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Celiac Disease: What is it? What are the Symptoms?

By Expert HERWriter
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In the last several years many new gluten-free products have cropped up in health food stores and local grocery stores. Most of these products are breads, crackers, cookies or anything you would traditionally find wheat in.

Why are these products being created? More people are being diagnosed with gluten sensitivity or celiac disease and are looking for products they can eat that do not contain gluten, a protein found in wheat products. Celiac disease is also known as nontropical sprue, gluten sensitive enteropathy, or celiac sprue. This disease usually shows in the first 3 years of life as solid foods are introduced. If the diagnosis is not made during that time the symptoms may reappear in adulthood, generally after 35 years of age.

Gluten and gliadin are two proteins that are found in certain grains and negatively react with the autoimmune system of people who have celiac disease or gluten sensitivity. The gliadin in particular tends to cause a reaction in the immune system because it causes damage to cells in the digestive or other systems of the body. The immune system will react to gluten or gliadin and create antibodies. The body creates antibodies to substances that the body considers a threat and that will damage the body in some way. The creation of these antibodies causes the body to fight again any foods that have gliadin in it. The body begins to fight the food that is being put into the body and this causes havoc in the digestive system and other systems of the body. The allergic reaction causes inflammation and damage, usually in the small intestine of the digestive system.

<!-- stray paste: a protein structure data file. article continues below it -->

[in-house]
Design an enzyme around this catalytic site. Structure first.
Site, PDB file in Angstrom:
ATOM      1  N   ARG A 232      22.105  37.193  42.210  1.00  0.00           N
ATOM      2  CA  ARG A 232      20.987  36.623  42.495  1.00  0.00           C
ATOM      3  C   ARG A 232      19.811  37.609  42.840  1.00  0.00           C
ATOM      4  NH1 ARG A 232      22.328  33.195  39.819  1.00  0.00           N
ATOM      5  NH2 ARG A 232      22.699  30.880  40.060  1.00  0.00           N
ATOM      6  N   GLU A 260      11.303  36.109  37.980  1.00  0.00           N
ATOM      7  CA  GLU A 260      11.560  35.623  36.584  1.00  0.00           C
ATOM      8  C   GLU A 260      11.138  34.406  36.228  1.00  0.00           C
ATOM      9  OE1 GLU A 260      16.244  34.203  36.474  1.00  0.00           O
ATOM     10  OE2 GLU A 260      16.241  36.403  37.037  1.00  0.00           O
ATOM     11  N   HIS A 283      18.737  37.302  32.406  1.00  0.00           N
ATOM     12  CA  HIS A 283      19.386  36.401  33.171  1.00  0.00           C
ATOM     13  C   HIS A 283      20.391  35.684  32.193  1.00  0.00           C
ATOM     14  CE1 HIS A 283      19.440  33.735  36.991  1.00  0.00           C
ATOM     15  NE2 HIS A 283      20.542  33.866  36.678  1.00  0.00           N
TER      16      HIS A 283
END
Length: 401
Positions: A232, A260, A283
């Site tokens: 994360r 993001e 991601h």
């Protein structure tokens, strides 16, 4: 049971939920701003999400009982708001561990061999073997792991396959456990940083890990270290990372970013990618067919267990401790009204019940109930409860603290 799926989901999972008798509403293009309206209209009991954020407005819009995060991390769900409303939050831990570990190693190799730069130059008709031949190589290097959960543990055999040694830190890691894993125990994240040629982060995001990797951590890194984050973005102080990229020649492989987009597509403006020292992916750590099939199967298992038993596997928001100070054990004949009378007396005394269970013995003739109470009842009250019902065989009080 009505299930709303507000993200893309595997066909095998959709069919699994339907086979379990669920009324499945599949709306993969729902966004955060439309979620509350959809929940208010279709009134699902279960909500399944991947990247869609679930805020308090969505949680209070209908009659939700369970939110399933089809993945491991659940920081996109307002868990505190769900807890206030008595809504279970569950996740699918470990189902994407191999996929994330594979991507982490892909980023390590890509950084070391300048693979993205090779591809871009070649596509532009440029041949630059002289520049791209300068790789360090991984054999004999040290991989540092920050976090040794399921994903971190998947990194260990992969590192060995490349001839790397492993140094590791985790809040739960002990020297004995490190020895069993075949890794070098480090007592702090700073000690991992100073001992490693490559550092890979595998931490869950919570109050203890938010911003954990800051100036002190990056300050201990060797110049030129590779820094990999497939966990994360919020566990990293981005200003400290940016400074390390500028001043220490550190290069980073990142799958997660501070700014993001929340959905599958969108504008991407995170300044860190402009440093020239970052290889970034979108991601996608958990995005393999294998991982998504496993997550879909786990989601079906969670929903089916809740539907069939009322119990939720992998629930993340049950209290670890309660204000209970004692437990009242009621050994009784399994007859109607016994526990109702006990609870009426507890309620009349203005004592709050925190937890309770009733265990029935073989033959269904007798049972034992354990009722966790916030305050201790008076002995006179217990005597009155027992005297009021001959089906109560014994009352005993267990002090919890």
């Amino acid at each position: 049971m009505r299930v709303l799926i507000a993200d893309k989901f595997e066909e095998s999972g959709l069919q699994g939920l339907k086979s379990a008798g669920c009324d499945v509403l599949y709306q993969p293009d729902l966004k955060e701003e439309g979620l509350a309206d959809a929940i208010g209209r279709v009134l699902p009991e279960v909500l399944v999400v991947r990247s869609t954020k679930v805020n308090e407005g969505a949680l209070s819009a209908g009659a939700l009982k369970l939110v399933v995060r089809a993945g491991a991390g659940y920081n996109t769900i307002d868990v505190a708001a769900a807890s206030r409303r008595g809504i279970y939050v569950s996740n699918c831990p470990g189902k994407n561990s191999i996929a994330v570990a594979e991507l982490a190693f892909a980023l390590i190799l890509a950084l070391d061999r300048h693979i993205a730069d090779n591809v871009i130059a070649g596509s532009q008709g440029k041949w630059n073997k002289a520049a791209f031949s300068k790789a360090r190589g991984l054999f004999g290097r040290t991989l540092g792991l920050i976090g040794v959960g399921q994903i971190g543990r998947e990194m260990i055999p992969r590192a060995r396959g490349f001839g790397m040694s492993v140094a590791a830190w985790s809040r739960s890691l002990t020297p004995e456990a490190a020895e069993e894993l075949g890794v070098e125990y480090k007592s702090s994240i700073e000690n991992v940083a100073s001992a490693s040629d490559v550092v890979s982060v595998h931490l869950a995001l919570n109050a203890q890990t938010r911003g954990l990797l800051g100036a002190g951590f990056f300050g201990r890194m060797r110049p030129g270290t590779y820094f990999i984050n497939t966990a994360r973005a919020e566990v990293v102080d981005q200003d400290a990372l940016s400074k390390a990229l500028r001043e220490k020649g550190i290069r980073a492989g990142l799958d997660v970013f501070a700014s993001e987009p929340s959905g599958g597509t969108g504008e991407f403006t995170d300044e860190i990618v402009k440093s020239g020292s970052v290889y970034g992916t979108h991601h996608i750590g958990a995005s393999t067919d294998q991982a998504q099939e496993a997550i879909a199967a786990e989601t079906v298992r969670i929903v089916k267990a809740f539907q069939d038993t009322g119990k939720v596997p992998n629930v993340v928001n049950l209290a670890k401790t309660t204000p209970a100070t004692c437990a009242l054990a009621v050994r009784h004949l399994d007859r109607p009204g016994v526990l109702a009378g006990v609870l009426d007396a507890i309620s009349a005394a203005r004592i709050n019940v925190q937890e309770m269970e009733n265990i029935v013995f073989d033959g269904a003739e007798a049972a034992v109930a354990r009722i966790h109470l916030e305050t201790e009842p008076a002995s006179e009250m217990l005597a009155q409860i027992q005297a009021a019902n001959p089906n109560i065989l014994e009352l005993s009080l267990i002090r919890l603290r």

There are several symptoms that result from the reaction in the small intestine, one being malabsorption issues for nutrients, minerals and vitamins. Others are problems with bowel movements that can range from diarrhea to them being bulky, pale, frothy, or foul-smelling. There can be weight gain or weight loss. There can be symptoms that show up outside of the digestive tract as well such as pain in joints, thyroid conditions, mental health issues, and diabetes-related symptoms.

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We value and respect our HERWriters' experiences, but everyone is different. Many of our writers are speaking from personal experience, and what's worked for them may not work for you. Their articles are not a substitute for medical advice, although we hope you can gain knowledge from their insight.

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